I’ve been rejected by everyone—but an alpha heir wants me to be his pretend mate.
As the only wolf shifter in my pack not to shift, being rejected from my home when I turned eighteen was not unexpected when the shifter war is so close. But being sent to a secret academy full of immortal wolf shifters, demons, and teachers with no morals wasn’t something I planned for.
Luna Alpha Academy is for rejects only.
They choose wolves that no one cares about if they go missing and if I can survive long enough to learn the dark magic they teach, I might even be welcome back home as a wolf-witch.
My tutor is a hot shifter asshole who takes what he wants—this time it’s me.
In exchange for extra training, Atlas wants me to pretend to be his.
Every kiss, every possessive touch, every growl to anyone that comes near me only makes me want him more.
But I can’t have him. Not really.
He’s the alpha heir.
I’m a wolf who can’t even shift.
We don’t belong together, and it’s fake. It can’t ever be real.
Dark magic is my future and my only way back to my pack.
I have very middle of the road feelings about this book. Or rather, I liked the book fine, with the exception of a few critical elements and I’m afraid that if I innumerate them this review will come across as far more critical than I intend. So, let’s establish up front that I liked the book fine, but have a few critiques that shouldn’t nullify the previous statement.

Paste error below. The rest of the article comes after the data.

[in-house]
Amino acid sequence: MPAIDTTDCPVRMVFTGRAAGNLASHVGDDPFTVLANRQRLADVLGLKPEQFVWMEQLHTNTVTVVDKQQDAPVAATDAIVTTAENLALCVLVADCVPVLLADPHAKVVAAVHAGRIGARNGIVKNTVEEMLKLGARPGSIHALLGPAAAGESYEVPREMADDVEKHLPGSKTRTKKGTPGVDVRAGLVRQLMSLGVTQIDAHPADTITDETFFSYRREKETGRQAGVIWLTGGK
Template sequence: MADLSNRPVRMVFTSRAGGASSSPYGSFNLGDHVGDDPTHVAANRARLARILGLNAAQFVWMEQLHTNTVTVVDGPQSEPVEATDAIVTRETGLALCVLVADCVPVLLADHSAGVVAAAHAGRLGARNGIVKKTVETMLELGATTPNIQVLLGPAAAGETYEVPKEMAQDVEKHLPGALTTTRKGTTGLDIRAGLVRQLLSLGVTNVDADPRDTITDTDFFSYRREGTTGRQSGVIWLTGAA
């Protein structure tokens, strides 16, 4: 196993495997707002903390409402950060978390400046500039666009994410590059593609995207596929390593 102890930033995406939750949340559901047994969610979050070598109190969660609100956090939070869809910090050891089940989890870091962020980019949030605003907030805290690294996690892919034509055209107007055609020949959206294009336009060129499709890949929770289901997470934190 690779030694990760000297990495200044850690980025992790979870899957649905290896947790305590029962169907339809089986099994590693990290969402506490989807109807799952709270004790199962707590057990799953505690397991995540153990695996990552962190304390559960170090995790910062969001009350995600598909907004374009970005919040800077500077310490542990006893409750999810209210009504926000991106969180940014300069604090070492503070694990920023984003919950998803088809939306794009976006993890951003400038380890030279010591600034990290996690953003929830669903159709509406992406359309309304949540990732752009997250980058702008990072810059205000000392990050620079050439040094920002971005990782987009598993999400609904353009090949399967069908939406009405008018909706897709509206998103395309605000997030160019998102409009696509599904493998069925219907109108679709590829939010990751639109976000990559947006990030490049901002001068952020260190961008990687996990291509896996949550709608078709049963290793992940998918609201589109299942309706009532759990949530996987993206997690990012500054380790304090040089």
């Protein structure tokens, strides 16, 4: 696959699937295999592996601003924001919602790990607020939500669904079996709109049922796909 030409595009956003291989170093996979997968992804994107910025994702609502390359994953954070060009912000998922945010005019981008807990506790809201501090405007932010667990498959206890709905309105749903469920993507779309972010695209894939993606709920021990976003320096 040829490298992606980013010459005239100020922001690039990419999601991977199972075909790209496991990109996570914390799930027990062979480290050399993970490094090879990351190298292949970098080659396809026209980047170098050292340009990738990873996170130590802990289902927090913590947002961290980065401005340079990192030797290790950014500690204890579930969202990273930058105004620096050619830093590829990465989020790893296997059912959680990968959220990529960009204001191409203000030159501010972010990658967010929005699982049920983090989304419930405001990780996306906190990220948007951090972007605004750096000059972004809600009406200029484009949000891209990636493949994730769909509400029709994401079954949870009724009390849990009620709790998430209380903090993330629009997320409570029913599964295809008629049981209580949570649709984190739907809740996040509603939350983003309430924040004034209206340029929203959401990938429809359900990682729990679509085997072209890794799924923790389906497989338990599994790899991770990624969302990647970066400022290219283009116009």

My biggest issue is the inconsistency in the characters, Atlas especially. He literally acts as if Nyx is a huge imposition on one page and by the next he’s hitting on her and has had a complete personality transplant. There is literally no transition between his attitudes shifts. It was abrupt, unfollowable, and pulled me out of the narrative harshly. (Worse, it happened more than once.)
My second issue is how cliched and predictable the plot lines are. The primary immediate villain is a scorned woman fighting over a man—sometimes I want to shake authors and scream in their faces that women really can have motivations that don’t involve men—and the big reveal is seen coming from…well, basically the beginning. Honestly, it all felt a little too focuses on these small scale dramas instead of the larger end-of-the-world level drama that is sketched out at best.
The writing is mechanically fine, if a little rough around the edges. The over-arching world seems interesting and I think I’d read another in the series. But, again, I’d call this a middle of the road read.
On a totally unrelated note, I’m SO GLAD the book got a new cover. I’ve stumbled across the old one (with the pretty girl on the cover). And it made me seethe. A big deal is made in the book about Nyx being ‘curvy’ (and I do love a plus-sized heroine). That girl on the cover was not. So, I’m glad I don’t have to be irritated about that.
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